The guitar is dead. Long live the guitar. War On Drugs bring the noise to The Kazimier.
Come the turn of the year, come the same old announcement – rock music is dead.
The BPI, official chart statisticians and Paul Gambaccini have been rattling out the same old rot for almost a decade now; that rock has been slain and the guitar put to rest.
Perhaps in an age where rock is defined as The Chris Martin Band, and guitar music’s zenith a Serge Pizzorno solo we’re inclined to agree – but since when did these numbers mean anything anymore – who, save for X-Factor voiceover man, realistically pays any attention to these stats and sales figures anymore?
If record sales have the power to impact upon our attention, then it’s merely the likes of the all-conquering Adele that makes us sit up and wonder – 20,000,000 album sales worldwide to date – I can’t even take in that number of records…
But rock music’s impact is less to do with sales and more to do with it’s enduring prevalence over a vast landscape of post-genres – Wolves in the Throne Room, Fucked Up, Zun Zun Egui, Battles, EMA, Mastodon, Årabrot, Ice Age, Wild Beasts, Death Grips – all handy with the guitar, all rock and all racking up significant plays via multi-media – and let’s not forget it was PJ Harvey‘s Let England Shake that mopped up the album of the year for 2011, almost unanimously across the board.
War On Drugs are another such ‘rock’ band bucking the so-called guitar-is-dead trend, garnering almost unanimous critical praise for their 2011 record Slave Ambient – and a fair few plays – and when they stride onto the Kazimier‘s stage, mess about a bit with leads and pedals there’s more than an air of expectation. And after some introductory mumbles we’re left under no illusion about what’s in store – a full-on rock show. With bells on.
Marrying plumes of grey smoke with drenched guitar fizz, Adam Granduciel hunches over, burying his mess of curls into his midriff as Best Night circles overhead – and boy does fizz rain down.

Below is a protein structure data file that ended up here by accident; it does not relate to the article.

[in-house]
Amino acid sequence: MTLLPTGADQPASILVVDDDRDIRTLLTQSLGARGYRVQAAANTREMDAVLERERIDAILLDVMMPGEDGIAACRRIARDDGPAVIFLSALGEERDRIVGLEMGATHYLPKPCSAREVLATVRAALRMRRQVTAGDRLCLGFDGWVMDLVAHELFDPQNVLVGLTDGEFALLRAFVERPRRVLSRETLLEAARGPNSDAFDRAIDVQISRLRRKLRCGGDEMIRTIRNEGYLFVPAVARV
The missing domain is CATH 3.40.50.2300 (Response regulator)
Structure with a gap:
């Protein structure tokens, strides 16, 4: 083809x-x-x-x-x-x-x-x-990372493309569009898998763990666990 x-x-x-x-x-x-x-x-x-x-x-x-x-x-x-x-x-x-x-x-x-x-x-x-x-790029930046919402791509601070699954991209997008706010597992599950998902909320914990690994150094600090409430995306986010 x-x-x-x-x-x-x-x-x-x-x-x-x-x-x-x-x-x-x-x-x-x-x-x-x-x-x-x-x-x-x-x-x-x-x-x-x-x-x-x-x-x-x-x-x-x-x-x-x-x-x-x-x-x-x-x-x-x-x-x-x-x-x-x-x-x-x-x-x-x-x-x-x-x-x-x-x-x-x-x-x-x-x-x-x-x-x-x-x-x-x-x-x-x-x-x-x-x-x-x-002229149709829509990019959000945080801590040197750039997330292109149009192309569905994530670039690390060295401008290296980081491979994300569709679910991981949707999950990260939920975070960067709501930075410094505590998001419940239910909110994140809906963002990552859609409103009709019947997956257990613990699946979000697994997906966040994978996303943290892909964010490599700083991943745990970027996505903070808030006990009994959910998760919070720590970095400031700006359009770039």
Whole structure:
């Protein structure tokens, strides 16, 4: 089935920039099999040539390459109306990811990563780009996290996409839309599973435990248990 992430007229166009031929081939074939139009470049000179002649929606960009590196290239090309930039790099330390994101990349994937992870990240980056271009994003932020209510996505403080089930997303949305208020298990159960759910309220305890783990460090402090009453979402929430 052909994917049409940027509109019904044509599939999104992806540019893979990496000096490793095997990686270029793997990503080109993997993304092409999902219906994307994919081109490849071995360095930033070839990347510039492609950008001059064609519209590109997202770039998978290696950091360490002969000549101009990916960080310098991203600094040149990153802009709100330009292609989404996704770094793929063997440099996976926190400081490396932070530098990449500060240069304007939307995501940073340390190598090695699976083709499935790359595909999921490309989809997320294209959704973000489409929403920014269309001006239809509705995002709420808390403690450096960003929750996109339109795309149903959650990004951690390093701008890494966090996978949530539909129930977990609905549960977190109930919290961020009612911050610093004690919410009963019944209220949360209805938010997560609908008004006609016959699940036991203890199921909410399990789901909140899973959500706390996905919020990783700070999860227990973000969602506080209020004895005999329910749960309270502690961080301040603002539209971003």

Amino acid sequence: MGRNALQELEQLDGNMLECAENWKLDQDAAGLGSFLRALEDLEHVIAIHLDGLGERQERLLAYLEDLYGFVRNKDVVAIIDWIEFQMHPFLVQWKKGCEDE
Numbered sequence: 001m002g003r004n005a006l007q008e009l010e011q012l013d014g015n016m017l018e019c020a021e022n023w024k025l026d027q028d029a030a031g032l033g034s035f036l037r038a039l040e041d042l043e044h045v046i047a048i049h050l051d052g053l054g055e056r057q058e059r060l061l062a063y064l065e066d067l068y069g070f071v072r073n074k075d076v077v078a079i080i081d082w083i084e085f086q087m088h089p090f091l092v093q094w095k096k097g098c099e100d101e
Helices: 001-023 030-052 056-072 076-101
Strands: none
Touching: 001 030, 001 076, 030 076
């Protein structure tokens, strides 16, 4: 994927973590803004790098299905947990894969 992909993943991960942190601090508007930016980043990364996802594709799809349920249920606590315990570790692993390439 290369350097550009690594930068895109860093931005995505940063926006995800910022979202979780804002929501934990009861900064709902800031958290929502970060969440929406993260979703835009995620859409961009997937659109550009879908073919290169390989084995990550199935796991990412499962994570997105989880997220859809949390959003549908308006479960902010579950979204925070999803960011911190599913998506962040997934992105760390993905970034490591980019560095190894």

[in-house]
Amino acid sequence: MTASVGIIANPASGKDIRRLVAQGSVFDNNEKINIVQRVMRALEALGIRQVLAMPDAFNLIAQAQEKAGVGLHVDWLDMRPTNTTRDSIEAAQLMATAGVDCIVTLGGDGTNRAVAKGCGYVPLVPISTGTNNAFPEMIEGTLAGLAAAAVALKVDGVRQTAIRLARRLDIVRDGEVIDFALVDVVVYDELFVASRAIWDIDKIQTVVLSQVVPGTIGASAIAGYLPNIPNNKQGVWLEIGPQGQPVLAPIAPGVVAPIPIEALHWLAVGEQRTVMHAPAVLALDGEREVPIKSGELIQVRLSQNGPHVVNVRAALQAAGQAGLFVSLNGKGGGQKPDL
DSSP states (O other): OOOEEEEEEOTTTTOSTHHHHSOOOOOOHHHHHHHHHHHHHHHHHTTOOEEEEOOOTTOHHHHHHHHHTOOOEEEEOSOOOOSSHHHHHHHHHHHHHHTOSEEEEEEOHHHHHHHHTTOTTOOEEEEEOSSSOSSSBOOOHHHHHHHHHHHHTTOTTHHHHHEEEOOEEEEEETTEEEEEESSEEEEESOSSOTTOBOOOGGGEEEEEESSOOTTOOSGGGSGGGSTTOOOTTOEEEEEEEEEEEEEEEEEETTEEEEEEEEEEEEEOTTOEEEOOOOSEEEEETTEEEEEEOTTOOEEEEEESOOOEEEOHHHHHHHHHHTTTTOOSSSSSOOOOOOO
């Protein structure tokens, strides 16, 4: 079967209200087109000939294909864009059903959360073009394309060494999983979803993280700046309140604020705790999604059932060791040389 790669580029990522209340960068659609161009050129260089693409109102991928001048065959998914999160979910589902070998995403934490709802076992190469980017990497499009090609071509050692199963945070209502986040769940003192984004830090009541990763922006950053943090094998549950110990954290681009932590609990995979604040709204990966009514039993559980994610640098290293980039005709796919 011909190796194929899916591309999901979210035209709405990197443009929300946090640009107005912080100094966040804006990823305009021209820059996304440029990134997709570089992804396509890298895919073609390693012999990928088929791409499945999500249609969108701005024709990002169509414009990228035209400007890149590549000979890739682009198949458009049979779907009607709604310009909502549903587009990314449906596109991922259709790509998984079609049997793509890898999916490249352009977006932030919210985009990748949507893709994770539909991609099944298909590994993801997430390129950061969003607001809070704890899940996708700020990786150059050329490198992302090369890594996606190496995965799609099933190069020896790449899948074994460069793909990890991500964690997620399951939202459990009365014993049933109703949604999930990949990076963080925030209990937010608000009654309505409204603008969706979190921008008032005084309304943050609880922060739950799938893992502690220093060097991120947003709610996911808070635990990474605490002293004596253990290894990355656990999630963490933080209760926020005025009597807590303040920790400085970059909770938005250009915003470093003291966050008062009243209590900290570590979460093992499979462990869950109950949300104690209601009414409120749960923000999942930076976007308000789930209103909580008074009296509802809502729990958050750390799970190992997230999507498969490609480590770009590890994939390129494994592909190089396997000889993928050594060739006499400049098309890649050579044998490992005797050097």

For over 90 minutes, War On Drugs fuse a cyclone of matted riffs, steady thumping drums and swirling organ drones courtesy of a seated Robbie Bennett.
By turns it recalls all the classics from the American canon – Granduciel‘s gravel, nonchalant, non-voice is pure Dylan (see the drawn out drawl of Black Water Falls for evidence), while the melodic playfulness of Your Love Is Calling My Name and Baby Missiles are straight from the Tom Petty songbook.
But most of all there’s that blistering attack of the senses, an attack which comes from playing the sweat boxes of States for years, an attack from rehearsing deep into the shadows of the night, an attack which rings long, loud and gloriously – an attack like Neil Young‘s Crazy Horse – it’s pure unadulterated abandon, free-spirited guitar bliss.
Like on record, War On Drugs‘ live set has a fluidity to match; there’s few pauses for breath, instead gaps are plugged with the odd jape from the charismatic Granduciel, or more likely filled by steady washes of clean feedback, one tune bleeding into another as the crowd get lost amid the relentless tide of guitars.
War On Drugs Robbie Bennett
Come To The City is given an Adam Clayton-like thud by Steven Urgo behind the kit, while Granduciel extends those digits for another six-string workout before two audience members are encouraged to join in the fun on stage – one taking up a semi-acoustic, the other an electric – and in a moment which seems too rehearsed to be true, four become six and the Dire Straits-aping Brothers soars amid a wash of electronic propulsion. The lads on stage clearly revelling in their moment.
In keeping with what’s gone before, they close with an impassioned rendition of The Waterboys‘ A Pagan Place, a track characteristic with their influences; hammering keys, indiscernible yet soaring vocals and a clattering wall of guitars.
Forget whatever you’ve heard. Rock music is not dead. And on the evidence of what went down in the Kazimier, it’s not just alive and kicking, but battering down the drawbridge.
Weird Dreams began proceedings with a set turned to decidedly lukewarm – jangly guitars and the odd skip in their stride, it is however, for the most part a side dish of English indie-pop cliché dressed up in washed echo – so on trend it’s as immediate in it’s delivery as it is instantly forgettable.
Pictures by Darren Aston and Marie Hazelwood.